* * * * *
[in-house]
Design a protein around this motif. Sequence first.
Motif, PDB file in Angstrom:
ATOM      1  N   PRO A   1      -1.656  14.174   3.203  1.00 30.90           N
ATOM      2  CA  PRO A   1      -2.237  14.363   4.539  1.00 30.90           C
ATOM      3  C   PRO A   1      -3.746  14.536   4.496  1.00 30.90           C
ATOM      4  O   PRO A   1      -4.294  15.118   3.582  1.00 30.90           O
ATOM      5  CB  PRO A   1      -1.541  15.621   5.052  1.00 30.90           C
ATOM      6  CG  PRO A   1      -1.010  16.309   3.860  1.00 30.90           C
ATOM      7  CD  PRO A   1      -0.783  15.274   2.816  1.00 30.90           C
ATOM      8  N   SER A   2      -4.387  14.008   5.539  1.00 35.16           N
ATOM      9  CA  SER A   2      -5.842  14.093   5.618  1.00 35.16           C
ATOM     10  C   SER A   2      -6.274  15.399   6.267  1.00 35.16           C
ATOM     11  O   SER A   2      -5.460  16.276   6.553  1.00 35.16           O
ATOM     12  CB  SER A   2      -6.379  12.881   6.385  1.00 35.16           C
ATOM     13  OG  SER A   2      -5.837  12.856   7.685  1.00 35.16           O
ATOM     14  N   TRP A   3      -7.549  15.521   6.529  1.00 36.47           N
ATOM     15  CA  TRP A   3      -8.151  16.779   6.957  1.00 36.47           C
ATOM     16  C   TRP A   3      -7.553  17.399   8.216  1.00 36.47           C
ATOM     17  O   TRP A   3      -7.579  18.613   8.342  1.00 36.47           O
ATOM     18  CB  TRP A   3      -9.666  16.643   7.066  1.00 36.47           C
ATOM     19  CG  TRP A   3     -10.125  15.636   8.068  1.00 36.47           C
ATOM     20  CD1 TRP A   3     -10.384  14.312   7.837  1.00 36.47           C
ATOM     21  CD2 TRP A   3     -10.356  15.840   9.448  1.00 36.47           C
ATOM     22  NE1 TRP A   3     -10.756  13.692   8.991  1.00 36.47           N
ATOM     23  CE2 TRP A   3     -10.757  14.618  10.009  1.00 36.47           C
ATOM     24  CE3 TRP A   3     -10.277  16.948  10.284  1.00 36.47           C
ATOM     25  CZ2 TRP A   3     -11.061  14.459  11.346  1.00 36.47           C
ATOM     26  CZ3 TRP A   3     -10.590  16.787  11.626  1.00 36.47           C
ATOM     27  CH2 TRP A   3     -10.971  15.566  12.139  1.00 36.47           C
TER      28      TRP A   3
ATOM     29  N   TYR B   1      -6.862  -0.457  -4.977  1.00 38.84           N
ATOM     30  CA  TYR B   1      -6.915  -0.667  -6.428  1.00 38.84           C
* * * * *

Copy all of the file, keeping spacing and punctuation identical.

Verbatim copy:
[in-house]
Design a protein around this motif. Sequence first.
Motif, PDB file in Angstrom:
ATOM      1  N   PRO A   1      -1.656  14.174   3.203  1.00 30.90           N
ATOM      2  CA  PRO A   1      -2.237  14.363   4.539  1.00 30.90           C
ATOM      3  C   PRO A   1      -3.746  14.536   4.496  1.00 30.90           C
ATOM      4  O   PRO A   1      -4.294  15.118   3.582  1.00 30.90           O
ATOM      5  CB  PRO A   1      -1.541  15.621   5.052  1.00 30.90           C
ATOM      6  CG  PRO A   1      -1.010  16.309   3.860  1.00 30.90           C
ATOM      7  CD  PRO A   1      -0.783  15.274   2.816  1.00 30.90           C
ATOM      8  N   SER A   2      -4.387  14.008   5.539  1.00 35.16           N
ATOM      9  CA  SER A   2      -5.842  14.093   5.618  1.00 35.16           C
ATOM     10  C   SER A   2      -6.274  15.399   6.267  1.00 35.16           C
ATOM     11  O   SER A   2      -5.460  16.276   6.553  1.00 35.16           O
ATOM     12  CB  SER A   2      -6.379  12.881   6.385  1.00 35.16           C
ATOM     13  OG  SER A   2      -5.837  12.856   7.685  1.00 35.16           O
ATOM     14  N   TRP A   3      -7.549  15.521   6.529  1.00 36.47           N
ATOM     15  CA  TRP A   3      -8.151  16.779   6.957  1.00 36.47           C
ATOM     16  C   TRP A   3      -7.553  17.399   8.216  1.00 36.47           C
ATOM     17  O   TRP A   3      -7.579  18.613   8.342  1.00 36.47           O
ATOM     18  CB  TRP A   3      -9.666  16.643   7.066  1.00 36.47           C
ATOM     19  CG  TRP A   3     -10.125  15.636   8.068  1.00 36.47           C
ATOM     20  CD1 TRP A   3     -10.384  14.312   7.837  1.00 36.47           C
ATOM     21  CD2 TRP A   3     -10.356  15.840   9.448  1.00 36.47           C
ATOM     22  NE1 TRP A   3     -10.756  13.692   8.991  1.00 36.47           N
ATOM     23  CE2 TRP A   3     -10.757  14.618  10.009  1.00 36.47           C
ATOM     24  CE3 TRP A   3     -10.277  16.948  10.284  1.00 36.47           C
ATOM     25  CZ2 TRP A   3     -11.061  14.459  11.346  1.00 36.47           C
ATOM     26  CZ3 TRP A   3     -10.590  16.787  11.626  1.00 36.47           C
ATOM     27  CH2 TRP A   3     -10.971  15.566  12.139  1.00 36.47           C
TER      28      TRP A   3
ATOM     29  N   TYR B   1      -6.862  -0.457  -4.977  1.00 38.84           N
ATOM     30  CA  TYR B   1      -6.915  -0.667  -6.428  1.00 38.84           C